Chills after eating ?

I am wondering if there are others who experience symtoms related to chills and/or overheatedness related to eating. I was diagnosed with GP based on the results of motiity tests (360 minutes to consume a hard boiled egg) a few years ago.

But I don't have the common symptoms of nausea and vomitting. Instead, I feel weakness, numbness in my feet, mental haziness, and chills immediately after anything goes into my stomach. I also have intense reflux for which I am taking Dexilant. When I take my numerous meds with extra liquid, the chills are immediate. On some days, they fade away. On days like today, I feel chills repeatedly. Oddly, I also have hot flashes occassionally.

Part of the reason my symptoms are different is because my motility problems are caused by a rare hereditary neurologic disorder, which began to affect internal organs a few years ago after affecting my arms and legs for 20 years. My GI doc wanted to send me to Darthmouth Hospital for a bunch of tests to find out exactly what is occurring. But the doctors at the hospital would not give the okay since they claim they'd have no treatment once the data was collected. And of course, there'd be no value is just knowing where the dysfunctions exist. One theory is that emptying is delayed, but then occurs too rapidly for my spastic organs to handle, GP and dumping within the same system. There is also a suggesion that the vagal nerve is impaired and sending false signals from my stomach to my brain, sapping my mental energy. My symptoms are apparently more common in dumping; yet my motility is poor from my throat on down.

I know each of us is dealing with a unique set of symptoms and that we each have to figure out what works best for ourselves. None of the motlity meds have helped. In fact, symptoms occurred more severely or the side effects were horrible. But I've whittled down other symptoms somewhat by timing food intake, adding probiotics, and distracting myself. But I haven't found a way to reduce the chills, even though I often wear a coat indoors at home. So I'd appreciate any suggestions other than turning up the temperature or putting a heating pad over my shoulders.

---- Joe -----

Report post

7 replies. Join the discussion

Just wondering if you've had your thyroid tested? I also got chills as the precursor to my horrible vomiting/nausea attacks- it was one way I knew one was coming on. I would eat, and then maybe 20 minutes later start feeling very weak and chilled, sometimes to the point of shivering, then cramping and loose stools, nausea, and finally vomiting for hours. When the vomiting stopped, I would shake uncontrollably for about two hours.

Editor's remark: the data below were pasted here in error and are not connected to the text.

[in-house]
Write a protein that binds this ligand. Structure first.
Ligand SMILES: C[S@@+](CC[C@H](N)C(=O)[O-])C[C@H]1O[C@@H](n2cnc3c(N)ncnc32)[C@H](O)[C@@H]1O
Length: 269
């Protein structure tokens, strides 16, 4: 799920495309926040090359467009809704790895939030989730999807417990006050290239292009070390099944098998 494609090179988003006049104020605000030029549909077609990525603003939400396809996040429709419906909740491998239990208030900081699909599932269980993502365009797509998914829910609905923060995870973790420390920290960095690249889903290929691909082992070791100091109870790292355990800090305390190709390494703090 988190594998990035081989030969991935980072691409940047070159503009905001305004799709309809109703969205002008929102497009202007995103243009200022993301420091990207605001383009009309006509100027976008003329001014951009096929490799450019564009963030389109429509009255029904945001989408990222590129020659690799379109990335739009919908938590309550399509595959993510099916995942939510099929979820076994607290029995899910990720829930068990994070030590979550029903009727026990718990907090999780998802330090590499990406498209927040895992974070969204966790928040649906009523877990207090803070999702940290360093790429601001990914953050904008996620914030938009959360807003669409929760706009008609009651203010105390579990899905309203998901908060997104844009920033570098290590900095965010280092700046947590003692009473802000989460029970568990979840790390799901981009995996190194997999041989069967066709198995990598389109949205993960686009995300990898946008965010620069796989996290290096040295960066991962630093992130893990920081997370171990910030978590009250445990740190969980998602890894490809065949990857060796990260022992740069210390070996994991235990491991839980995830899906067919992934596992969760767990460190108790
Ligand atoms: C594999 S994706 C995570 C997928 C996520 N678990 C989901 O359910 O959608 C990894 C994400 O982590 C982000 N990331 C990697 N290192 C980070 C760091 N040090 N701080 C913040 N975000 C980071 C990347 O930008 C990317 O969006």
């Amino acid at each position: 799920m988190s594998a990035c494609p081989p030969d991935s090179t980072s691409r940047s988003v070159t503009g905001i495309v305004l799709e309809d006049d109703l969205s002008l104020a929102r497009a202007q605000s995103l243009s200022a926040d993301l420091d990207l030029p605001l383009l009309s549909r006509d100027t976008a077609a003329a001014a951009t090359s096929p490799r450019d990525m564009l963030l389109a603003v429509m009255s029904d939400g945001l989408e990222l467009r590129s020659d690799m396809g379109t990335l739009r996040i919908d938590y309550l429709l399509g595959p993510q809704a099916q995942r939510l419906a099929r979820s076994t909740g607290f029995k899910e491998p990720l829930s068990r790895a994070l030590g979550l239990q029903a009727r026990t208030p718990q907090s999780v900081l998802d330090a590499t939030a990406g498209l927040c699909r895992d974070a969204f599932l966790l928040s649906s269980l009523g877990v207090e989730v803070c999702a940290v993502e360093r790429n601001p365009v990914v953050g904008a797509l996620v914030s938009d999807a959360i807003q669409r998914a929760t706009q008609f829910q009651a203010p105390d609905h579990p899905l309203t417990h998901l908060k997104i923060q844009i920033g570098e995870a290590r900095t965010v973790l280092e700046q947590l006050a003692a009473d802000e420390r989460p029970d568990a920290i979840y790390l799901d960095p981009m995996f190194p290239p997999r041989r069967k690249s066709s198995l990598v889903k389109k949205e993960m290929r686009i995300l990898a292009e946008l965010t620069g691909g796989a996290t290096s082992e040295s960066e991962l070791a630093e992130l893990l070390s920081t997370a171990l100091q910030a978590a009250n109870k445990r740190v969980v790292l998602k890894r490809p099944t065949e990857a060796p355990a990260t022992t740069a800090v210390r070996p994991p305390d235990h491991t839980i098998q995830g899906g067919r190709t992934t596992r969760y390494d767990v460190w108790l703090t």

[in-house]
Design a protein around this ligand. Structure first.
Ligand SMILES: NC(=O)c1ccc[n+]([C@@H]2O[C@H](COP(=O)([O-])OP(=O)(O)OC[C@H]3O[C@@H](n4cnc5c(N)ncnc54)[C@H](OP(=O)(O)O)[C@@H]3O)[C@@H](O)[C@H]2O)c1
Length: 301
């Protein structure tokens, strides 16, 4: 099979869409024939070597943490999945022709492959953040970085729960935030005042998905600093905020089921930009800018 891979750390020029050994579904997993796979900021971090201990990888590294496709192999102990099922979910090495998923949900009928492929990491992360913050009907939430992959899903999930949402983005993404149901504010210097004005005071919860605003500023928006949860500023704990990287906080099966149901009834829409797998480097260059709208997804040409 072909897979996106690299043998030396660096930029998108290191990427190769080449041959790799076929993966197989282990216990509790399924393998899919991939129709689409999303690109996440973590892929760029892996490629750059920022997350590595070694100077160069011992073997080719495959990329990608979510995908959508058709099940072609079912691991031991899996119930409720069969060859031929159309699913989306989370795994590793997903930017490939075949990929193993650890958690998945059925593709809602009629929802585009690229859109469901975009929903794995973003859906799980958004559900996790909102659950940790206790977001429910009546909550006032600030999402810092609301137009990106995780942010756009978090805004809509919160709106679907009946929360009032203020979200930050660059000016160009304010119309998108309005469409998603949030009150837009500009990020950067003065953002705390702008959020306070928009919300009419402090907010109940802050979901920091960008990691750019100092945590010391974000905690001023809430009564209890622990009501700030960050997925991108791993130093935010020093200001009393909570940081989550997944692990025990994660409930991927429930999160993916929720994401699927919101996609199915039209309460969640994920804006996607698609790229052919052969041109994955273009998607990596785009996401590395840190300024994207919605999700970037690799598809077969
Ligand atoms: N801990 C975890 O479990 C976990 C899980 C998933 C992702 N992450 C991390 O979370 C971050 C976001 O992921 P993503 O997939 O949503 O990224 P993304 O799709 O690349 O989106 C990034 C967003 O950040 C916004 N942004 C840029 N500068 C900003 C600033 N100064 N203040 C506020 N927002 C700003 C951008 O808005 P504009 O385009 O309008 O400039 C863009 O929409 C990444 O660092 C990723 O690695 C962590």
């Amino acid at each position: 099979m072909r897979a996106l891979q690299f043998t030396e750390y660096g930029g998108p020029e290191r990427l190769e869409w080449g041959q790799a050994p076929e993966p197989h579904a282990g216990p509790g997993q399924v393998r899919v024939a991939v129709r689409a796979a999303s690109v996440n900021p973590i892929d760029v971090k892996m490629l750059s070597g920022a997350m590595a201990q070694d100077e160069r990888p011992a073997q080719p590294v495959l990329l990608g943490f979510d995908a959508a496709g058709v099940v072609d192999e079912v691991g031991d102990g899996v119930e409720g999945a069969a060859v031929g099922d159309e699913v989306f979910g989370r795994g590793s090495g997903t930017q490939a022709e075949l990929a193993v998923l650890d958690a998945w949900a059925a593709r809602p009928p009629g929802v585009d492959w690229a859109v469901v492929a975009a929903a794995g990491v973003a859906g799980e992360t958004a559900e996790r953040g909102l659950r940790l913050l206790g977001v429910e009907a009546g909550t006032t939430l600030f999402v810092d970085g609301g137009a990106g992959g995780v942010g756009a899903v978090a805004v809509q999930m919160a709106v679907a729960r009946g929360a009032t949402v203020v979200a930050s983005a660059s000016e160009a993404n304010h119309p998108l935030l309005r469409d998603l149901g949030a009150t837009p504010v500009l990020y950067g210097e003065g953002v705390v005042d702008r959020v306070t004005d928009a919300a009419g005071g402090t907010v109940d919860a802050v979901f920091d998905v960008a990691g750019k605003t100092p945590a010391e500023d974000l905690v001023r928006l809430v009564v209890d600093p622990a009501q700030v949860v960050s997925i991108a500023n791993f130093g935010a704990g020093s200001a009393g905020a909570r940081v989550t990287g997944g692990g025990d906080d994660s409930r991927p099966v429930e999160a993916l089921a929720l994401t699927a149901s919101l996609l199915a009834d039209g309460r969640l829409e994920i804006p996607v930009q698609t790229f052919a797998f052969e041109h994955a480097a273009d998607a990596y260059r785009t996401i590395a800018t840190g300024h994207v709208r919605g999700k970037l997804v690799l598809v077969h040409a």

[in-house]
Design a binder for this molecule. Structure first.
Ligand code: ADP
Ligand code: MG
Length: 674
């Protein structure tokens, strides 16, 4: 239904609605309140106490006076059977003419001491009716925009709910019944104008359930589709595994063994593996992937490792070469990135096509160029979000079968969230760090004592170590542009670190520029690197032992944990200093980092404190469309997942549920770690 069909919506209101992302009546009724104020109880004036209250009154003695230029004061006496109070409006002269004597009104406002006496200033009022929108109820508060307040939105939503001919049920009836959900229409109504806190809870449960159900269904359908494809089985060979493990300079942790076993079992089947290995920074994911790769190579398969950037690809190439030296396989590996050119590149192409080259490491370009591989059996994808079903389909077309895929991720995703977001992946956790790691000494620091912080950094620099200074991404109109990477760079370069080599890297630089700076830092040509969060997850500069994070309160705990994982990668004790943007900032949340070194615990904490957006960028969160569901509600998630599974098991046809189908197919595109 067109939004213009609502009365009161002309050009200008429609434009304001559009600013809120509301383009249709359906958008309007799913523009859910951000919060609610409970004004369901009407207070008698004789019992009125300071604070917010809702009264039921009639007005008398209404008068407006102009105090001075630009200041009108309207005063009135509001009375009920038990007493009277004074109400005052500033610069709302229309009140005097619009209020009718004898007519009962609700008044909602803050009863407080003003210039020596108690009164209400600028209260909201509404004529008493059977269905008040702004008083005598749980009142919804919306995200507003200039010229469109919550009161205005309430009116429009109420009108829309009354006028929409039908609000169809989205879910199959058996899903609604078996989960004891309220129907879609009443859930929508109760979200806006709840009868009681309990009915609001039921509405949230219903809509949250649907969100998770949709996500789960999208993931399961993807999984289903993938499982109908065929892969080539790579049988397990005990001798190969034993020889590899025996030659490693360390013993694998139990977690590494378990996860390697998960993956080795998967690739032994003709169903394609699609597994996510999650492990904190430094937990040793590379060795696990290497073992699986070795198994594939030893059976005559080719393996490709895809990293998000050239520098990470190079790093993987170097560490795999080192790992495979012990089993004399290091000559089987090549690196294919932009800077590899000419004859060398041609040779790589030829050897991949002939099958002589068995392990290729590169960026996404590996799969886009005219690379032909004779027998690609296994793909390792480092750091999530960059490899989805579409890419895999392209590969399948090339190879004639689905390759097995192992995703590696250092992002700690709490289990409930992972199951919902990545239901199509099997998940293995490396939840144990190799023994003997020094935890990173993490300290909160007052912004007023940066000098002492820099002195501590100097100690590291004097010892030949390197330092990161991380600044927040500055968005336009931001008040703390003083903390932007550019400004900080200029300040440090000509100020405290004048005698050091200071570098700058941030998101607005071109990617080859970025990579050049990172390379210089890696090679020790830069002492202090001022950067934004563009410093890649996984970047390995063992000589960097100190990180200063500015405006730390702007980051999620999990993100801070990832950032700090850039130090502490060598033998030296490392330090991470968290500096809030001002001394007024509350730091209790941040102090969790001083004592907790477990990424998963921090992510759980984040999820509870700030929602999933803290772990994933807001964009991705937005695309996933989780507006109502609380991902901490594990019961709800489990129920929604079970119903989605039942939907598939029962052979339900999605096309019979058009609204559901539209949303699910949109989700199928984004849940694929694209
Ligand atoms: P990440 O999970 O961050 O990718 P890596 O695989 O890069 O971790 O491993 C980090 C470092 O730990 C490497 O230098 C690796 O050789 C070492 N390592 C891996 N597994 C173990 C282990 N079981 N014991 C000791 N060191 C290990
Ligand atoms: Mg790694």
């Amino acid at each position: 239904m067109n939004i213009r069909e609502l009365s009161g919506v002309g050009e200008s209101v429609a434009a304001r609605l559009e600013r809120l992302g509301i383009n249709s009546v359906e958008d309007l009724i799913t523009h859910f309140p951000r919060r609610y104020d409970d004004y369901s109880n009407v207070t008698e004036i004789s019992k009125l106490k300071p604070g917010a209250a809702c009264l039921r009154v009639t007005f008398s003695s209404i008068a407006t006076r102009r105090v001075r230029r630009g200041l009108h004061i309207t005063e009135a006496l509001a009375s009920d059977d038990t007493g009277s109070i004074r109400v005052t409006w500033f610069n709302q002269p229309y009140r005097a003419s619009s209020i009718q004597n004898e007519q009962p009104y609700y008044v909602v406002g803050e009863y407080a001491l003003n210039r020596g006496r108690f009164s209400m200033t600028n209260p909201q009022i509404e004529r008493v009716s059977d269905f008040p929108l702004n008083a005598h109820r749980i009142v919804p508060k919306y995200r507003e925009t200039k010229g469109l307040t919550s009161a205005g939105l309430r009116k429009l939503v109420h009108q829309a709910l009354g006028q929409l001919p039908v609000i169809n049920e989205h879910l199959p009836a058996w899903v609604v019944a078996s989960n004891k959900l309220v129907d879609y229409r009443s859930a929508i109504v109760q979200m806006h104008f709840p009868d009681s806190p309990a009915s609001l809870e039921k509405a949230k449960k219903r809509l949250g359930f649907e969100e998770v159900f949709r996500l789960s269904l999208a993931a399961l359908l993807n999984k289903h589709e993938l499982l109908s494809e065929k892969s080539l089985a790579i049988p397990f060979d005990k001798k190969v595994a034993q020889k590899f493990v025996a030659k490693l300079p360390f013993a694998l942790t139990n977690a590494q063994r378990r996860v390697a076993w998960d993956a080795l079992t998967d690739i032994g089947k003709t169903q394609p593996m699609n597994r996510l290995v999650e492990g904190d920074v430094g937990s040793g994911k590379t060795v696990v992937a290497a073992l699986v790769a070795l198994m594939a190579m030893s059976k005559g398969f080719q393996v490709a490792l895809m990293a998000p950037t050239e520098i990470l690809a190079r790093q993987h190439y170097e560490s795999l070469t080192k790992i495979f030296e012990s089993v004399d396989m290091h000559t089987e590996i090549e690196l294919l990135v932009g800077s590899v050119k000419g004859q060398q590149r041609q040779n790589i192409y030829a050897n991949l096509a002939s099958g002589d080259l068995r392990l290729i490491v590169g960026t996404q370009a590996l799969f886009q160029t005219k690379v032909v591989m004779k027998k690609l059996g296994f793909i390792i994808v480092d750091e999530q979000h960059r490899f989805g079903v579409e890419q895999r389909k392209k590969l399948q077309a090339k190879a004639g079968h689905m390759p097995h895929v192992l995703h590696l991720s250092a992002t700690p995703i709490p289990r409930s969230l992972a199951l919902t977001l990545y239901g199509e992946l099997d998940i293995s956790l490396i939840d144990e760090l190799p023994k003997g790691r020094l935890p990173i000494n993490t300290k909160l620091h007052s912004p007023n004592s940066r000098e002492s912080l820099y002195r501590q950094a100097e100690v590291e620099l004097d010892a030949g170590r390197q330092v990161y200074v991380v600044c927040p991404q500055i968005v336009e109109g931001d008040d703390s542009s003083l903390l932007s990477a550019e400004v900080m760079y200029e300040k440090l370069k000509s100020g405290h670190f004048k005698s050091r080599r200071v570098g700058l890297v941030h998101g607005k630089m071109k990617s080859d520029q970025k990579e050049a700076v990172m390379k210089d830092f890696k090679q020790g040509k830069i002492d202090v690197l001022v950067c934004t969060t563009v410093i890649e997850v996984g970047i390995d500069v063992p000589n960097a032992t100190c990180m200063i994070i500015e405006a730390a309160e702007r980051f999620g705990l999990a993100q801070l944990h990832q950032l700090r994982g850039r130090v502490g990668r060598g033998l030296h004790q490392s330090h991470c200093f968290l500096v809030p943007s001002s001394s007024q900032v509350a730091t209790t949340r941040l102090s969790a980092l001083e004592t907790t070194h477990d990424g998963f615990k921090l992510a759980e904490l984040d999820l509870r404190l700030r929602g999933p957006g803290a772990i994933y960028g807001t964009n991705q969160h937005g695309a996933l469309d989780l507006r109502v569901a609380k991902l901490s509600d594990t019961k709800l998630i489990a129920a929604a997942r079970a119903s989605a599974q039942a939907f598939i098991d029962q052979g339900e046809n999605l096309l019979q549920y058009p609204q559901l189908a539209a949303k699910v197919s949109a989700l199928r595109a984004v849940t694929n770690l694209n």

I also don't have any real answers other than dysmotility based on HIDA and Sitzmarker studies. I'm told nerve and/or muscle damage, probably due to a bad infection in childhood.
Luckily I have found something that helps me (domperidone and desipramine), plus huge diet changes (no wheat, corn, red meat, dairy, chocolate, tomatoes, and so on), probiotics, eating an apple every day at 10 am, very small meals, and of course chewing everything until it is really ground up.
By the way- did you try domperidone? Because I was tried on amitiza (a laxative), and Reglan (motility) and they both made me feel absolutely horrible. Tried miralax and got basically no results. The domperidone is really the only thing that has worked, and other than a little lightheadedness and a bit of cramping the first week or two- no bad effects.
Good luck!

Report post

My daughter had had similar reactions after eating (still does but much better now!) Small meals and diet changes as Wendy has said, and also keeping still and warm after eating allowed her to get her weight back up (still very slim) and energy back somewhat. She also has the vomiting (severe) unless she takes L-arginine supplements prior to each meal. HTH

Report post


Yes, my thyroid was tested and appears to be functioning normally. It is interesting that you say chills occur before episodes of vomiting because when originally asked if was vomiting, I told the doctors it felt like the warning signs that occur before you throw up.

I have taken both Reglan and Domperidone without any benefit. It seemed the symptoms occurred more rapidly and intensely. And the side effects were intolerable. Amitiza brought on nausea and stomach contractions right away, though it seemed to sooth some of the other symptoms. So I am taking nothing but Dexilant and Sucralfate for my stomach.